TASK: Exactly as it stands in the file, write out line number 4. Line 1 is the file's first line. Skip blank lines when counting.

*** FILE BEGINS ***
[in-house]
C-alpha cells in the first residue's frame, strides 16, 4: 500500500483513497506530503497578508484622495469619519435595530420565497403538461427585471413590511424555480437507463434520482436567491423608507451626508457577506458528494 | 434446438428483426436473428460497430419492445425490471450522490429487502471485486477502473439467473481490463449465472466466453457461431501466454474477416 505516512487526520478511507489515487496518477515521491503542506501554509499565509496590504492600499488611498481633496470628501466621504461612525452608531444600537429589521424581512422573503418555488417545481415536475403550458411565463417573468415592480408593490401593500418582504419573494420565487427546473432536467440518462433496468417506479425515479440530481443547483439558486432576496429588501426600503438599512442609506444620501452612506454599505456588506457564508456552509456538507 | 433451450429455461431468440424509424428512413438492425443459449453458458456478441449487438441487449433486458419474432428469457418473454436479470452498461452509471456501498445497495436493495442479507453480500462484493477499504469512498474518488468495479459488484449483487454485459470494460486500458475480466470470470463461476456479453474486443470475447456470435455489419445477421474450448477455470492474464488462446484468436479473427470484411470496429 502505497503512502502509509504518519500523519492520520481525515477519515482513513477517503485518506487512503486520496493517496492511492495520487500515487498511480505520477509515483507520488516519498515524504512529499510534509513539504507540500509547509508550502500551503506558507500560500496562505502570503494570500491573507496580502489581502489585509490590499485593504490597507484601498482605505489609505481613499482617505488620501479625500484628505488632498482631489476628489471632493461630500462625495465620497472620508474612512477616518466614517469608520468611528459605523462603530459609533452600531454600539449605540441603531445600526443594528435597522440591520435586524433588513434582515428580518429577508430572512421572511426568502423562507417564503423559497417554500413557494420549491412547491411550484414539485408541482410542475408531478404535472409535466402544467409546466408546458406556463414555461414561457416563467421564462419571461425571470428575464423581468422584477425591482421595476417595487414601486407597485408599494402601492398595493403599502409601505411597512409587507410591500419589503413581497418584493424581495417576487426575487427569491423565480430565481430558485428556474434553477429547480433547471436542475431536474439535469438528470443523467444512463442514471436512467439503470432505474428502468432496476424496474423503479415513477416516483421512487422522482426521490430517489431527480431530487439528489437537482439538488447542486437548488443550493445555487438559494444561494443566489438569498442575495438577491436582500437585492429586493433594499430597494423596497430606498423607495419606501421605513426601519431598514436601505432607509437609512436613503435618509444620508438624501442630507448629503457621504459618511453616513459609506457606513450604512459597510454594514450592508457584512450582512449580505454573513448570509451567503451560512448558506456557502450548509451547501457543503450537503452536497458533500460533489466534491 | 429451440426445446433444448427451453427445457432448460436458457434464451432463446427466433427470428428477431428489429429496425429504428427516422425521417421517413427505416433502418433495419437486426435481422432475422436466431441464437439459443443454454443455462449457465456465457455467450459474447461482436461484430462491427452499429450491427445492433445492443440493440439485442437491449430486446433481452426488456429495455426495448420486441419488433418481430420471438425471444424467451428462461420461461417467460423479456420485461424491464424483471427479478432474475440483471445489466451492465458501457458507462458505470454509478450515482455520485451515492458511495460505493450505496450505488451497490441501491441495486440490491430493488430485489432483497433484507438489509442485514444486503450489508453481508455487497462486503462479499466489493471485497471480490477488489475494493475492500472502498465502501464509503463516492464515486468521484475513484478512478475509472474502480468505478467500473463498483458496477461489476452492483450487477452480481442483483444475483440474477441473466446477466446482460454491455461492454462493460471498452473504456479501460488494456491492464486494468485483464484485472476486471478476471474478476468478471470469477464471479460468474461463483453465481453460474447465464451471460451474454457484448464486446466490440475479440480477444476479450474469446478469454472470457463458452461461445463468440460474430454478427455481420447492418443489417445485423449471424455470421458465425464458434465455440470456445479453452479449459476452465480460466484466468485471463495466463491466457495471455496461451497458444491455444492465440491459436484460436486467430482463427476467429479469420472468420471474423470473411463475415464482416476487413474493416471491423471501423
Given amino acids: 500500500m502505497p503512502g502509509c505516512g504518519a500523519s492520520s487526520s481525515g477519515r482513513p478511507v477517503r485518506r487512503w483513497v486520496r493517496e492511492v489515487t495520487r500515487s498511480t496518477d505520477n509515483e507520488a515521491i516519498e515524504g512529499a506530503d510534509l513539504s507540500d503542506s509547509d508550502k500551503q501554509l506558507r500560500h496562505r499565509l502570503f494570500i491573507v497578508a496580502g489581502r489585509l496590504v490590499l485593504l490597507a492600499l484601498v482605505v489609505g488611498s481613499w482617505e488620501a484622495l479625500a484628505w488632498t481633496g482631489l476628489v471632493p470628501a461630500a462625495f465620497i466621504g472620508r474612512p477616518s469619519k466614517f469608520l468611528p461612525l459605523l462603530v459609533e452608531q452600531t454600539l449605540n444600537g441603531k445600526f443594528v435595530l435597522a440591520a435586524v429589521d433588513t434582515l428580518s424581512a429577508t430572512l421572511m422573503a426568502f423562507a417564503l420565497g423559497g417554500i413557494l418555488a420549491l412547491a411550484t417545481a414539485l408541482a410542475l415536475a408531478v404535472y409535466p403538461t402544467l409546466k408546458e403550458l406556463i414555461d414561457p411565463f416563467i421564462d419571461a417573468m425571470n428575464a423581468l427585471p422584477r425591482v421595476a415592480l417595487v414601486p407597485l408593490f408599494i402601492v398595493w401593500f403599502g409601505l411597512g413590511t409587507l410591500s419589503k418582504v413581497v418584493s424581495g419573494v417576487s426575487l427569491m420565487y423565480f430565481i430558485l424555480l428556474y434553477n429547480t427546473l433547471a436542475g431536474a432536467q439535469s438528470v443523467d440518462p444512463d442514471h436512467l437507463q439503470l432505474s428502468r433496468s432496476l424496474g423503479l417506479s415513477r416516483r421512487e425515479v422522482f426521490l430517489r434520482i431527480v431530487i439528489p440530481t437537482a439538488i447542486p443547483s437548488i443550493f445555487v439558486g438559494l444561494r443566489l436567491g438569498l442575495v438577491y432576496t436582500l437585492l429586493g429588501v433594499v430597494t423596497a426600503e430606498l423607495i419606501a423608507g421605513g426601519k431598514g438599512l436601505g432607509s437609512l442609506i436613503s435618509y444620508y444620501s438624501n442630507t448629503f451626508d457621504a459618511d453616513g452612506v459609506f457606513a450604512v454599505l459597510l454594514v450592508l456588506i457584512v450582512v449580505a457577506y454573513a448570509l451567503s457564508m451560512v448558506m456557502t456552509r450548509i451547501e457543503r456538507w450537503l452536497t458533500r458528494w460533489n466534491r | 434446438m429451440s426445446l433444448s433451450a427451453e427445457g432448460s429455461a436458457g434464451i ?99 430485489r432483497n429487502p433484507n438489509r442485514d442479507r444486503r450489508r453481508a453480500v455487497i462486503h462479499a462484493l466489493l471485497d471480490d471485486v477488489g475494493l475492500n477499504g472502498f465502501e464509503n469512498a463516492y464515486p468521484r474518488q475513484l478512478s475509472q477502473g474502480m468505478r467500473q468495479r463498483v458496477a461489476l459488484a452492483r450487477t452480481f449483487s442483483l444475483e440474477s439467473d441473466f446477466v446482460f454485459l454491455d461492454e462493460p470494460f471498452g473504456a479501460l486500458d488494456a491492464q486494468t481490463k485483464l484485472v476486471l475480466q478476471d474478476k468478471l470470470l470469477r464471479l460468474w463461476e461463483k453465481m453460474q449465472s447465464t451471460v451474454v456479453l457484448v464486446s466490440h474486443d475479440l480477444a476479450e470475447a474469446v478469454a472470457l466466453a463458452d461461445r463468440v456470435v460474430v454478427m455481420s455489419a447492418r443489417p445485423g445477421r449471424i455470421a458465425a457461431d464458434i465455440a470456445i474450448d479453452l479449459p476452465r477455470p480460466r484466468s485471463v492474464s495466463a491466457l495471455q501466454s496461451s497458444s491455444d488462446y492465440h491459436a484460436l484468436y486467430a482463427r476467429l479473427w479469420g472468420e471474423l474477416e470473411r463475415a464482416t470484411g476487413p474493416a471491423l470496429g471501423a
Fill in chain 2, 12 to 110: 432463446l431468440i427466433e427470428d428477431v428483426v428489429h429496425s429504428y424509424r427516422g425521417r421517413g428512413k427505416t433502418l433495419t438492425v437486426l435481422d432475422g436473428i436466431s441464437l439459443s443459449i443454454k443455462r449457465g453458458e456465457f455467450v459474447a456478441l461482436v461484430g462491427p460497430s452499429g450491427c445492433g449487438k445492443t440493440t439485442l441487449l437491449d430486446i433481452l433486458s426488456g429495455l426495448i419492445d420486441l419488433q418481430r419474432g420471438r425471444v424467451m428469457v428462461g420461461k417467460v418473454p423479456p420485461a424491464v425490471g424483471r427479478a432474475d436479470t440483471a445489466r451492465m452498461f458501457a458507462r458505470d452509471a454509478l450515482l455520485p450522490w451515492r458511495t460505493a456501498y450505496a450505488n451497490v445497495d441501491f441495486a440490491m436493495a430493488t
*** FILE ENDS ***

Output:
Fill in chain 2, 12 to 110: 432463446l431468440i427466433e427470428d428477431v428483426v428489429h429496425s429504428y424509424r427516422g425521417r421517413g428512413k427505416t433502418l433495419t438492425v437486426l435481422d432475422g436473428i436466431s441464437l439459443s443459449i443454454k443455462r449457465g453458458e456465457f455467450v459474447a456478441l461482436v461484430g462491427p460497430s452499429g450491427c445492433g449487438k445492443t440493440t439485442l441487449l437491449d430486446i433481452l433486458s426488456g429495455l426495448i419492445d420486441l419488433q418481430r419474432g420471438r425471444v424467451m428469457v428462461g420461461k417467460v418473454p423479456p420485461a424491464v425490471g424483471r427479478a432474475d436479470t440483471a445489466r451492465m452498461f458501457a458507462r458505470d452509471a454509478l450515482l455520485p450522490w451515492r458511495t460505493a456501498y450505496a450505488n451497490v445497495d441501491f441495486a440490491m436493495a430493488t